Recorded at East Wing Studios, Silver Spring, MD and the Chopp Shopp, Durham, NC

02. Greatest Weapon Of All Time featuring Sy Smith
Produced by Zo! for Chapter 3hree, Verse 5ive Music (BMI)
Written by Sy Smith for Sybersong Publishing (ASCAP)
Vocals Arranged and Produced by Sy Smith
Vocals Recorded and Mixed by Grant Nochols
All Instruments by Zo!
Mixed by Zo!
Recorded at East Wing Studios, Silver Spring, MD and Rumbo Studios, Winnetka, CA

03. Say How You Feel featuring Phonte & Carlitta Durand
Produced by Zo! for Chapter 3hree, Verse 5ive Music (BMI)
Written by Phonte Coleman for Daddy’s New Bowtie (ASCAP) and Carlitta Durand for Durand Music Group (ASCAP)
Vocals by Phonte & Carlitta Durand
All Instruments by Zo!
Recorded and Mixed by Zo! at East Wing Studios, Silver Spring, MD

04. For Leslie
Produced by Zo! for Chapter 3hree, Verse 5ive Music (BMI)
All Instruments by Zo!
Flute by Claudia Hayden
Recorded and Mixed by Zo! at East Wing Studios, Silver Spring, MD

05. Be Your Man featuring Darien Brockington
Produced by Zo! for Chapter 3hree, Verse 5ive Music (BMI)
Written by Darien Brockington for Neidar Music Group (ASCAP) and Phonte Coleman for Daddy’s New Bowtie (ASCAP)
Vocals by Darien Brockington
Background Vocals by Phonte
All Instruments by Zo!
Guitar Solo by Chris Boerner
Mixed by Zo!
Recorded at East Wing Studios, Silver Spring, MD and The Peanut Gallery, Raleigh, NC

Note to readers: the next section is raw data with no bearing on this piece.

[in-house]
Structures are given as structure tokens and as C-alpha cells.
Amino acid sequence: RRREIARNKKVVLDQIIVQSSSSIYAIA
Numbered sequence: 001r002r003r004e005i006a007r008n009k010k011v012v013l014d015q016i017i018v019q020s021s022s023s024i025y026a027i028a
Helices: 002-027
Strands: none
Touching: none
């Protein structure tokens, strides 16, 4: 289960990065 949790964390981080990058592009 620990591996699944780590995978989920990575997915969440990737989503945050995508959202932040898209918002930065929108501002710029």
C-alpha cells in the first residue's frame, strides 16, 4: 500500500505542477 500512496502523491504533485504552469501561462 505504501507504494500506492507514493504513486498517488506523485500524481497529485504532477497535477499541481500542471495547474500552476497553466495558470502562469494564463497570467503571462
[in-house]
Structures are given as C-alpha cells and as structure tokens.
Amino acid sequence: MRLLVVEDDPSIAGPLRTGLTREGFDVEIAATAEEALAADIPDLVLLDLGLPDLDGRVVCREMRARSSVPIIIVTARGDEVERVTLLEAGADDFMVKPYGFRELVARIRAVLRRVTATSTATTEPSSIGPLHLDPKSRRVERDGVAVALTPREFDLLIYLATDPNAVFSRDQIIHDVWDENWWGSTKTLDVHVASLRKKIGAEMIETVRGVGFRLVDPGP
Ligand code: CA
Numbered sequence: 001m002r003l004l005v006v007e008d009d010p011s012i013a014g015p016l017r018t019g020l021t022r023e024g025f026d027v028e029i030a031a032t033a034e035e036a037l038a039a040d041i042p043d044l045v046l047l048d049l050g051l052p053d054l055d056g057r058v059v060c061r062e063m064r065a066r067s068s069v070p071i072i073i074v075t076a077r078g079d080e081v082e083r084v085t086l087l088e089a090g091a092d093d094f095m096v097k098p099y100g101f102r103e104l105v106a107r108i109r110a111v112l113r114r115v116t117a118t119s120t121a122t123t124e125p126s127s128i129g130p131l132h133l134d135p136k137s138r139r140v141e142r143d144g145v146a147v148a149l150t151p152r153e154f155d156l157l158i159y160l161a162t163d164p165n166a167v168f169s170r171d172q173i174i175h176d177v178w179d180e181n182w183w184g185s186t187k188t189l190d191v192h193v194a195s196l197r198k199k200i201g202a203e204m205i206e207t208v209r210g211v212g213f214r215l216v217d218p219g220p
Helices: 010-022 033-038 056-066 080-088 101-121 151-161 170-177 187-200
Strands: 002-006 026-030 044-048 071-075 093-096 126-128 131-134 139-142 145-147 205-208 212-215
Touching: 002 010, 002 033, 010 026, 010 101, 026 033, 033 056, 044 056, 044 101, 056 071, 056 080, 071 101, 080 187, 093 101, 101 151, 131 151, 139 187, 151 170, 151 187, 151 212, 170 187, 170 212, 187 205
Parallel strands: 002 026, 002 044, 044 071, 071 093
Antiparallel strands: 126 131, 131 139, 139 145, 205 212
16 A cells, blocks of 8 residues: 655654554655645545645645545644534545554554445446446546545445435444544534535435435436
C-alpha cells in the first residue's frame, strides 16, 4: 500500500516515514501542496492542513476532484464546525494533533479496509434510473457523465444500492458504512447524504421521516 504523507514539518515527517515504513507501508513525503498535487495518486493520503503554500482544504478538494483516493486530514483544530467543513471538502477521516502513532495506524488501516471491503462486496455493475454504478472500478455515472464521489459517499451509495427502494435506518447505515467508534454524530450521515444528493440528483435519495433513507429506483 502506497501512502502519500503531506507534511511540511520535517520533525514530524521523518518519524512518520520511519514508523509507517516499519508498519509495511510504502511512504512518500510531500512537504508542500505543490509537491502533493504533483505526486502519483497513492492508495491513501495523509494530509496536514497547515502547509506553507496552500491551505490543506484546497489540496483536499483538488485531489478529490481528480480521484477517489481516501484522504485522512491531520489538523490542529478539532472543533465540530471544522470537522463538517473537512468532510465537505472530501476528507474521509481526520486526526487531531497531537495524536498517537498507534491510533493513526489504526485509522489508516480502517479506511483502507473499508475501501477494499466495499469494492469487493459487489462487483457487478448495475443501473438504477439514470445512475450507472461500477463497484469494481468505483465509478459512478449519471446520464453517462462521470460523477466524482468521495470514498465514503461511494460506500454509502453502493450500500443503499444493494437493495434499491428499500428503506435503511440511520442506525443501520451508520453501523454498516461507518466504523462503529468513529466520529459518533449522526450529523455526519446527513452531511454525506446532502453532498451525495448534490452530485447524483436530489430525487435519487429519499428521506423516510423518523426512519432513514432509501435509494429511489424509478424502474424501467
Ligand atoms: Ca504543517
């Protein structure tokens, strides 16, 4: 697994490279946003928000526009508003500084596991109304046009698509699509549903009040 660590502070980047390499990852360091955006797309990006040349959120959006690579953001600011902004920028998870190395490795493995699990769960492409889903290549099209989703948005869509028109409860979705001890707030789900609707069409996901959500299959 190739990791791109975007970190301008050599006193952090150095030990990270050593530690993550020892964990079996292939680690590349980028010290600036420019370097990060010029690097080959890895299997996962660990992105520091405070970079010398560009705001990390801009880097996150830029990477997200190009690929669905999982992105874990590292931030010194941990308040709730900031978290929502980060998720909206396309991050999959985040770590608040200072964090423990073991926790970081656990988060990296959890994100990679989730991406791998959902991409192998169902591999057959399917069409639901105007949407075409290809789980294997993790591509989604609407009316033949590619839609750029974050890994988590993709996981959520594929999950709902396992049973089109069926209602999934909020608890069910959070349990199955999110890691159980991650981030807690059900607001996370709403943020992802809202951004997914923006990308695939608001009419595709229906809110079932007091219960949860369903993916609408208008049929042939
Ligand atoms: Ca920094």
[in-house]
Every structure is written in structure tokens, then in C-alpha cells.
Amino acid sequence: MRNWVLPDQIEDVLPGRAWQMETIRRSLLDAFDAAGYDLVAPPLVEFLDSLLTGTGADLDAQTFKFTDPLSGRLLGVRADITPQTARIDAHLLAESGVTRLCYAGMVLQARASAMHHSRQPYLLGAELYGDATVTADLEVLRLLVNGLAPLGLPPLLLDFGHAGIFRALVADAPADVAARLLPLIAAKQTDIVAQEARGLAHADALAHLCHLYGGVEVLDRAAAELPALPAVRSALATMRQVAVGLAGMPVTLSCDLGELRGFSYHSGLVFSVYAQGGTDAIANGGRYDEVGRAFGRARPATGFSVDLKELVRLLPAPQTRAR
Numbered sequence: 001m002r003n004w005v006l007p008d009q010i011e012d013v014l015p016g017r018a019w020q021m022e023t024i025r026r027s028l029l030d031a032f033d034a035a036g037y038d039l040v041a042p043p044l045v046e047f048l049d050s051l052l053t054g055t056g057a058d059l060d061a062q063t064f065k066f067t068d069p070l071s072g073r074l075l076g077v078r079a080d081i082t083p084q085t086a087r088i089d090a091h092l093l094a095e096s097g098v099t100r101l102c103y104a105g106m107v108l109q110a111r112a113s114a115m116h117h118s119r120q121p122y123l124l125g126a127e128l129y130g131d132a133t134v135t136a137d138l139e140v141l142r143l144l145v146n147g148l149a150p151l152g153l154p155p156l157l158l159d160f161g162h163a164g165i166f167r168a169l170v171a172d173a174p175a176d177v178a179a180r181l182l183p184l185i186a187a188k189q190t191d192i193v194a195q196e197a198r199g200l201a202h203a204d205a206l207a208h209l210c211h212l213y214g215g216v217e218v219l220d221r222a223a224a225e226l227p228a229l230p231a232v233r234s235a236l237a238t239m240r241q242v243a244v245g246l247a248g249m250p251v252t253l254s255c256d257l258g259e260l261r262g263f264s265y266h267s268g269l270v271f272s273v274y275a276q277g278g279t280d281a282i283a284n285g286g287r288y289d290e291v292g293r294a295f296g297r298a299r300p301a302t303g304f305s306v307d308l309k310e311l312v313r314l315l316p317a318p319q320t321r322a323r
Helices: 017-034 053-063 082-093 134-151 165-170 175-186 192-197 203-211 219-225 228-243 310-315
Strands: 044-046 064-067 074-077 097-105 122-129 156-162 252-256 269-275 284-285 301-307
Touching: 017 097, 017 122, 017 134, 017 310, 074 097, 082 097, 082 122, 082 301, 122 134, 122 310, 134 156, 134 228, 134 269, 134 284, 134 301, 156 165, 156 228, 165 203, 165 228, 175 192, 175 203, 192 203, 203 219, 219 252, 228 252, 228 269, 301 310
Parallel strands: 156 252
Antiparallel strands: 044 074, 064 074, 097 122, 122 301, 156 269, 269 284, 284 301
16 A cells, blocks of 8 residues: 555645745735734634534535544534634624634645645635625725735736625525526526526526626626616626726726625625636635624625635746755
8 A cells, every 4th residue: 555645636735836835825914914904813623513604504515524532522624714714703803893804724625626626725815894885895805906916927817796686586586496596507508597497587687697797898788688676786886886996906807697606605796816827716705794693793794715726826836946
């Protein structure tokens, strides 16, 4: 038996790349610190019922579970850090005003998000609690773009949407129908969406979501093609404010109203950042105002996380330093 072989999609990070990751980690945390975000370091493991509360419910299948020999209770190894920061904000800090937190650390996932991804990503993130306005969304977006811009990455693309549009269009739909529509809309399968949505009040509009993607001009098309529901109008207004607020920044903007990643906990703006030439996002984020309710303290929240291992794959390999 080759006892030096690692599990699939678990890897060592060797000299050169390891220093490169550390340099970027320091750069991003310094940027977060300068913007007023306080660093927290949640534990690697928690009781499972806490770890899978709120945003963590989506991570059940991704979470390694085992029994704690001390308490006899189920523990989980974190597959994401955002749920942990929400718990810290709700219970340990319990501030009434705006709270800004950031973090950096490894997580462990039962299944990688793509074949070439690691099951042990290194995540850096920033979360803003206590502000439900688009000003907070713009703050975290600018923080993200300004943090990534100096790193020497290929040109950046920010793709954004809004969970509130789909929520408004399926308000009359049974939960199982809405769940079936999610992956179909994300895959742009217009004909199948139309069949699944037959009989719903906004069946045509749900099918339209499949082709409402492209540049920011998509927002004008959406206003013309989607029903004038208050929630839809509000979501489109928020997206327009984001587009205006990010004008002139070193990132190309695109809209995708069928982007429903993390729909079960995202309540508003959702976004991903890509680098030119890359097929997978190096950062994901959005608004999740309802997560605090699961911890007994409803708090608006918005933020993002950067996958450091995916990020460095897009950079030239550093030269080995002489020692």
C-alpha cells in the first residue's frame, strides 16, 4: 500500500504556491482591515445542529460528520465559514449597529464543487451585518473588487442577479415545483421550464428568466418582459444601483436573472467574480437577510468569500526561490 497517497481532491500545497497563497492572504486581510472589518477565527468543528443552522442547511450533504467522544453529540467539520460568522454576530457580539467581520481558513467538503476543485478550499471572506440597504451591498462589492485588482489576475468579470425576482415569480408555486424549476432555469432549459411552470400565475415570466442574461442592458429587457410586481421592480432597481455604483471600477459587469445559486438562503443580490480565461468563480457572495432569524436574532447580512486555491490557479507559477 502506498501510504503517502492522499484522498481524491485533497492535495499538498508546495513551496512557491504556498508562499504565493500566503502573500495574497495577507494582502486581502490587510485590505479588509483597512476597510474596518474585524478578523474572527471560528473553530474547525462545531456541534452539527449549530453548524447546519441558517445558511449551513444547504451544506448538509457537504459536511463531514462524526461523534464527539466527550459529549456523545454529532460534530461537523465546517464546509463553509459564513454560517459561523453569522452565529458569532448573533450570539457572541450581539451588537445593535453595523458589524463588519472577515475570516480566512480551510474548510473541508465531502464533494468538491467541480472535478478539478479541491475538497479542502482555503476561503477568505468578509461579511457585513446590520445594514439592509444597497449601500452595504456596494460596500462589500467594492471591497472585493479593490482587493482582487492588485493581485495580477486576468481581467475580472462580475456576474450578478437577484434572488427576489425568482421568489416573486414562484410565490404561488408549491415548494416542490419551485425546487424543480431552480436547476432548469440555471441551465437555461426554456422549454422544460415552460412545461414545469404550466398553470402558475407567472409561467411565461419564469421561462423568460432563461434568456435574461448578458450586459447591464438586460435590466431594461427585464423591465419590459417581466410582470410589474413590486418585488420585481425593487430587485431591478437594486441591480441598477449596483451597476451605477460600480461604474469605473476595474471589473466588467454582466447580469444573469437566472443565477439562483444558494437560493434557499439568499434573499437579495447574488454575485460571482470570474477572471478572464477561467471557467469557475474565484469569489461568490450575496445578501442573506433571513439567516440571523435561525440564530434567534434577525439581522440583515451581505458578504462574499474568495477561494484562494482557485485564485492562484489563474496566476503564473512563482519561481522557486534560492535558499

06. Free Your Mind featuring Lady Alma
Produced by Zo! for Chapter 3hree, Verse 5ive Music (BMI)
Written by A-Drenaline for Sopo Publishing (ASCAP)
Vocals by Lady Alma
Background Vocals by The Lady Alma Choral Ensemble (Lady Alma & Preston Branch)
Vocals Recorded by Roscoe “Plug-In”Murphy
All Instruments by Zo!
Mixed by Focus…
Recorded at East Wing Studios, Silver Spring, MD and WHODUNIT Studios, Philadelphia, PA

07. SunStorm featuring YahZarah
Produced by Zo! for Chapter 3hree, Verse 5ive Music (BMI)
Written by Phonte Coleman for Daddy’s New Bowtie (ASCAP) and YahZarah for She’s A Ladybug (ASCAP)
Vocals by YahZarah
Additional Vocals by Phonte, Darien Brockington & Jesse Boykins III
Vocals Recorded and Mixed by Phonte
All Instruments by Zo!
Mixed by Zo!
Recorded at East Wing Studios, Silver Spring, MD and The Peanut Gallery, Raleigh, NC

08. If I Could Tell You No featuring Jesse Boykins III
Produced by Zo! and Phonte for Chapter 3hree, Verse 5ive Music/+FE Music LLC
Written by Phonte Coleman for Daddy’s New Bowtie (ASCAP)